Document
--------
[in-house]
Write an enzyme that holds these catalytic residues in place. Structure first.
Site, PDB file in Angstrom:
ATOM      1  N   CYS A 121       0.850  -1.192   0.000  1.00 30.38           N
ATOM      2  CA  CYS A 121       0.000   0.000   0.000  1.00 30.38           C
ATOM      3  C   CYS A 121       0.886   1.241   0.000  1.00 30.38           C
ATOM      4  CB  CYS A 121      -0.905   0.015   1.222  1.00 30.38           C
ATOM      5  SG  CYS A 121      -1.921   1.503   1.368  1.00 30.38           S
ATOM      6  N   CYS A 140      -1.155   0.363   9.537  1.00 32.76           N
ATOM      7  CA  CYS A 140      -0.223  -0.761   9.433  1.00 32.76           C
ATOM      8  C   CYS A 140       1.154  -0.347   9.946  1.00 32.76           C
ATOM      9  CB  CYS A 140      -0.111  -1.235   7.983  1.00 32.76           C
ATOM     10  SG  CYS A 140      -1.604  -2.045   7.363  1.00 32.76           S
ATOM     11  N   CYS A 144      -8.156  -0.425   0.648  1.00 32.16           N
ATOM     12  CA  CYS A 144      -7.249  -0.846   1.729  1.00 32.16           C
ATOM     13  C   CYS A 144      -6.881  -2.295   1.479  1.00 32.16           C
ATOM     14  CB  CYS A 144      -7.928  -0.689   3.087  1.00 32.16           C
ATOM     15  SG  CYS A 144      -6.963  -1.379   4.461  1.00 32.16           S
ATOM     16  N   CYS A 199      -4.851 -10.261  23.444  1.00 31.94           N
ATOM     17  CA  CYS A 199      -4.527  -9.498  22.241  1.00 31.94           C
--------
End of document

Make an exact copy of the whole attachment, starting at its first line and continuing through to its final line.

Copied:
[in-house]
Write an enzyme that holds these catalytic residues in place. Structure first.
Site, PDB file in Angstrom:
ATOM      1  N   CYS A 121       0.850  -1.192   0.000  1.00 30.38           N
ATOM      2  CA  CYS A 121       0.000   0.000   0.000  1.00 30.38           C
ATOM      3  C   CYS A 121       0.886   1.241   0.000  1.00 30.38           C
ATOM      4  CB  CYS A 121      -0.905   0.015   1.222  1.00 30.38           C
ATOM      5  SG  CYS A 121      -1.921   1.503   1.368  1.00 30.38           S
ATOM      6  N   CYS A 140      -1.155   0.363   9.537  1.00 32.76           N
ATOM      7  CA  CYS A 140      -0.223  -0.761   9.433  1.00 32.76           C
ATOM      8  C   CYS A 140       1.154  -0.347   9.946  1.00 32.76           C
ATOM      9  CB  CYS A 140      -0.111  -1.235   7.983  1.00 32.76           C
ATOM     10  SG  CYS A 140      -1.604  -2.045   7.363  1.00 32.76           S
ATOM     11  N   CYS A 144      -8.156  -0.425   0.648  1.00 32.16           N
ATOM     12  CA  CYS A 144      -7.249  -0.846   1.729  1.00 32.16           C
ATOM     13  C   CYS A 144      -6.881  -2.295   1.479  1.00 32.16           C
ATOM     14  CB  CYS A 144      -7.928  -0.689   3.087  1.00 32.16           C
ATOM     15  SG  CYS A 144      -6.963  -1.379   4.461  1.00 32.16           S
ATOM     16  N   CYS A 199      -4.851 -10.261  23.444  1.00 31.94           N
ATOM     17  CA  CYS A 199      -4.527  -9.498  22.241  1.00 31.94           C